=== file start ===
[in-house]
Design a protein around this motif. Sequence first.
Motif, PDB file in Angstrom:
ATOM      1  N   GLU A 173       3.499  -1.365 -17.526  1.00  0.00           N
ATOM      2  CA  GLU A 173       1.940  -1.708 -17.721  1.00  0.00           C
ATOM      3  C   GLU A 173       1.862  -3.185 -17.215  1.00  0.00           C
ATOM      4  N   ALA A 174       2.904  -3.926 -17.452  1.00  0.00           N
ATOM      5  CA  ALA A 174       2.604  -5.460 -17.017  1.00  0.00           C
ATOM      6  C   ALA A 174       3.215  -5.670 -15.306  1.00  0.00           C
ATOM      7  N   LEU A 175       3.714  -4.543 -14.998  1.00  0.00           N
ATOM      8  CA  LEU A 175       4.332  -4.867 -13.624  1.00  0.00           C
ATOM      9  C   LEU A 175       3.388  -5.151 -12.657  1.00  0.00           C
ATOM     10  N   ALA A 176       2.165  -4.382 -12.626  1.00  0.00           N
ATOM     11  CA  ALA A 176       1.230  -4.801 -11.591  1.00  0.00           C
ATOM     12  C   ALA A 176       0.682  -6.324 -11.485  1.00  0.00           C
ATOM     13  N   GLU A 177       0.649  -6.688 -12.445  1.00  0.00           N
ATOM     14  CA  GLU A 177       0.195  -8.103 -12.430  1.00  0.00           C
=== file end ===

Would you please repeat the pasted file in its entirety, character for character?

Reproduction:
[in-house]
Design a protein around this motif. Sequence first.
Motif, PDB file in Angstrom:
ATOM      1  N   GLU A 173       3.499  -1.365 -17.526  1.00  0.00           N
ATOM      2  CA  GLU A 173       1.940  -1.708 -17.721  1.00  0.00           C
ATOM      3  C   GLU A 173       1.862  -3.185 -17.215  1.00  0.00           C
ATOM      4  N   ALA A 174       2.904  -3.926 -17.452  1.00  0.00           N
ATOM      5  CA  ALA A 174       2.604  -5.460 -17.017  1.00  0.00           C
ATOM      6  C   ALA A 174       3.215  -5.670 -15.306  1.00  0.00           C
ATOM      7  N   LEU A 175       3.714  -4.543 -14.998  1.00  0.00           N
ATOM      8  CA  LEU A 175       4.332  -4.867 -13.624  1.00  0.00           C
ATOM      9  C   LEU A 175       3.388  -5.151 -12.657  1.00  0.00           C
ATOM     10  N   ALA A 176       2.165  -4.382 -12.626  1.00  0.00           N
ATOM     11  CA  ALA A 176       1.230  -4.801 -11.591  1.00  0.00           C
ATOM     12  C   ALA A 176       0.682  -6.324 -11.485  1.00  0.00           C
ATOM     13  N   GLU A 177       0.649  -6.688 -12.445  1.00  0.00           N
ATOM     14  CA  GLU A 177       0.195  -8.103 -12.430  1.00  0.00           C